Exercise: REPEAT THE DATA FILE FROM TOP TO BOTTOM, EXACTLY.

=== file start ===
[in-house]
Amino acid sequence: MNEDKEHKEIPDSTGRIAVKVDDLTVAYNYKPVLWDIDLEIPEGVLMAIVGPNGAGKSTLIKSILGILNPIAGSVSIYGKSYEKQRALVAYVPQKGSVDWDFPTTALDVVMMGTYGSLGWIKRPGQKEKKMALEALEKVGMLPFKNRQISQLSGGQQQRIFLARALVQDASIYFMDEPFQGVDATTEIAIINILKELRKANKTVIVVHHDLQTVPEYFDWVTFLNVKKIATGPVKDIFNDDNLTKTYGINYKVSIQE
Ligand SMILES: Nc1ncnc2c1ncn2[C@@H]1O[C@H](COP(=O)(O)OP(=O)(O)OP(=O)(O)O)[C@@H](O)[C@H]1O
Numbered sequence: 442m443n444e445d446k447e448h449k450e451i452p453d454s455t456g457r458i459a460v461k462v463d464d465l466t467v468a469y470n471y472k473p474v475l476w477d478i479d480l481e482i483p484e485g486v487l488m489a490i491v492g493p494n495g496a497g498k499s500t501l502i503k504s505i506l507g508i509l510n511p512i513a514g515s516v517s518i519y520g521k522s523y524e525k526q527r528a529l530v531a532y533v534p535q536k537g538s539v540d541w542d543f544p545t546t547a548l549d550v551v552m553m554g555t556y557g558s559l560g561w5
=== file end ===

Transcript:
[in-house]
Amino acid sequence: MNEDKEHKEIPDSTGRIAVKVDDLTVAYNYKPVLWDIDLEIPEGVLMAIVGPNGAGKSTLIKSILGILNPIAGSVSIYGKSYEKQRALVAYVPQKGSVDWDFPTTALDVVMMGTYGSLGWIKRPGQKEKKMALEALEKVGMLPFKNRQISQLSGGQQQRIFLARALVQDASIYFMDEPFQGVDATTEIAIINILKELRKANKTVIVVHHDLQTVPEYFDWVTFLNVKKIATGPVKDIFNDDNLTKTYGINYKVSIQE
Ligand SMILES: Nc1ncnc2c1ncn2[C@@H]1O[C@H](COP(=O)(O)OP(=O)(O)OP(=O)(O)O)[C@@H](O)[C@H]1O
Numbered sequence: 442m443n444e445d446k447e448h449k450e451i452p453d454s455t456g457r458i459a460v461k462v463d464d465l466t467v468a469y470n471y472k473p474v475l476w477d478i479d480l481e482i483p484e485g486v487l488m489a490i491v492g493p494n495g496a497g498k499s500t501l502i503k504s505i506l507g508i509l510n511p512i513a514g515s516v517s518i519y520g521k522s523y524e525k526q527r528a529l530v531a532y533v534p535q536k537g538s539v540d541w542d543f544p545t546t547a548l549d550v551v552m553m554g555t556y557g558s559l560g561w5